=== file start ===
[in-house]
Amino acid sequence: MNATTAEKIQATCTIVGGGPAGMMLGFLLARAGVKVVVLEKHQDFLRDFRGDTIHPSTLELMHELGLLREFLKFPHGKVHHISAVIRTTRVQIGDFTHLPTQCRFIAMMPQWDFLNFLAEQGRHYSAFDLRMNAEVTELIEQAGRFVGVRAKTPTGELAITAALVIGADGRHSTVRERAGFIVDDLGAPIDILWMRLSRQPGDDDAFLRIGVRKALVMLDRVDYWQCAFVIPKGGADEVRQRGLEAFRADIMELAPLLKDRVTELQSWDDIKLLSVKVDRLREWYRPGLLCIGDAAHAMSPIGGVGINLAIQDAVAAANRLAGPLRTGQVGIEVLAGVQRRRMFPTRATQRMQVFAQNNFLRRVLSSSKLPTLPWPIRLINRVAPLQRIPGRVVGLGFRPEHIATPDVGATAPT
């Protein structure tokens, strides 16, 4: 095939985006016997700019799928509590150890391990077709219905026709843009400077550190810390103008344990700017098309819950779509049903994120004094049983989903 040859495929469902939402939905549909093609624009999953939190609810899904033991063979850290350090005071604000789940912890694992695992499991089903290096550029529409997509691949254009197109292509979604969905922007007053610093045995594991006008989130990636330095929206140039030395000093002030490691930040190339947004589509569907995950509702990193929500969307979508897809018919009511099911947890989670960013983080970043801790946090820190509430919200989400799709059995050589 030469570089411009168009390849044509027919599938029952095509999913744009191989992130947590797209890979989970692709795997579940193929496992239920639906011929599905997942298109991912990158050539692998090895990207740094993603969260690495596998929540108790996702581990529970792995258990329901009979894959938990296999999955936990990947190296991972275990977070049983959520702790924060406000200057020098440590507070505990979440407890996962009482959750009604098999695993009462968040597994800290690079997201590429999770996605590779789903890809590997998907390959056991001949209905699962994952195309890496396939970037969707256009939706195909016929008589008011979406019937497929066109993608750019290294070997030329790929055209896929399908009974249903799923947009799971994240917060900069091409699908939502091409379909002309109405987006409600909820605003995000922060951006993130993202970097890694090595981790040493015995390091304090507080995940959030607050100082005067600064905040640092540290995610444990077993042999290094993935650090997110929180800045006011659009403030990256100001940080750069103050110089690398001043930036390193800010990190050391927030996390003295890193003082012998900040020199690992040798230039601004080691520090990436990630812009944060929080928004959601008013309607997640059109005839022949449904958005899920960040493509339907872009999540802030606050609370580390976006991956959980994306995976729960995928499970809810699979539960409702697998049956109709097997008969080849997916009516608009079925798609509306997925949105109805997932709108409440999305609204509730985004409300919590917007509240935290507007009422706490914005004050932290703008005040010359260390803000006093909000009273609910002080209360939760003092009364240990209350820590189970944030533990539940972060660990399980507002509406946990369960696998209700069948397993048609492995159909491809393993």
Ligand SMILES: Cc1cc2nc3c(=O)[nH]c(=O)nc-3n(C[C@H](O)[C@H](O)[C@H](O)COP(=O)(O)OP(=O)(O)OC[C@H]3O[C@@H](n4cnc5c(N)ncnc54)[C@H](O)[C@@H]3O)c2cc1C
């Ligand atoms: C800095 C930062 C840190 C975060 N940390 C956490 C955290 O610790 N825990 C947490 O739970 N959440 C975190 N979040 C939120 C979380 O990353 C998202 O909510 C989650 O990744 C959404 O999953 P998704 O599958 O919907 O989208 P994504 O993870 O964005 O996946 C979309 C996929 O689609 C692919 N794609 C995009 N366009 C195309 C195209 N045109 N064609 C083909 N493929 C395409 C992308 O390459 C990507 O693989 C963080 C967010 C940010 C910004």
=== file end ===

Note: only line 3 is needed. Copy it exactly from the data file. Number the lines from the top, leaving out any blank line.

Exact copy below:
């Protein structure tokens, strides 16, 4: 095939985006016997700019799928509590150890391990077709219905026709843009400077550190810390103008344990700017098309819950779509049903994120004094049983989903 040859495929469902939402939905549909093609624009999953939190609810899904033991063979850290350090005071604000789940912890694992695992499991089903290096550029529409997509691949254009197109292509979604969905922007007053610093045995594991006008989130990636330095929206140039030395000093002030490691930040190339947004589509569907995950509702990193929500969307979508897809018919009511099911947890989670960013983080970043801790946090820190509430919200989400799709059995050589 030469570089411009168009390849044509027919599938029952095509999913744009191989992130947590797209890979989970692709795997579940193929496992239920639906011929599905997942298109991912990158050539692998090895990207740094993603969260690495596998929540108790996702581990529970792995258990329901009979894959938990296999999955936990990947190296991972275990977070049983959520702790924060406000200057020098440590507070505990979440407890996962009482959750009604098999695993009462968040597994800290690079997201590429999770996605590779789903890809590997998907390959056991001949209905699962994952195309890496396939970037969707256009939706195909016929008589008011979406019937497929066109993608750019290294070997030329790929055209896929399908009974249903799923947009799971994240917060900069091409699908939502091409379909002309109405987006409600909820605003995000922060951006993130993202970097890694090595981790040493015995390091304090507080995940959030607050100082005067600064905040640092540290995610444990077993042999290094993935650090997110929180800045006011659009403030990256100001940080750069103050110089690398001043930036390193800010990190050391927030996390003295890193003082012998900040020199690992040798230039601004080691520090990436990630812009944060929080928004959601008013309607997640059109005839022949449904958005899920960040493509339907872009999540802030606050609370580390976006991956959980994306995976729960995928499970809810699979539960409702697998049956109709097997008969080849997916009516608009079925798609509306997925949105109805997932709108409440999305609204509730985004409300919590917007509240935290507007009422706490914005004050932290703008005040010359260390803000006093909000009273609910002080209360939760003092009364240990209350820590189970944030533990539940972060660990399980507002509406946990369960696998209700069948397993048609492995159909491809393993």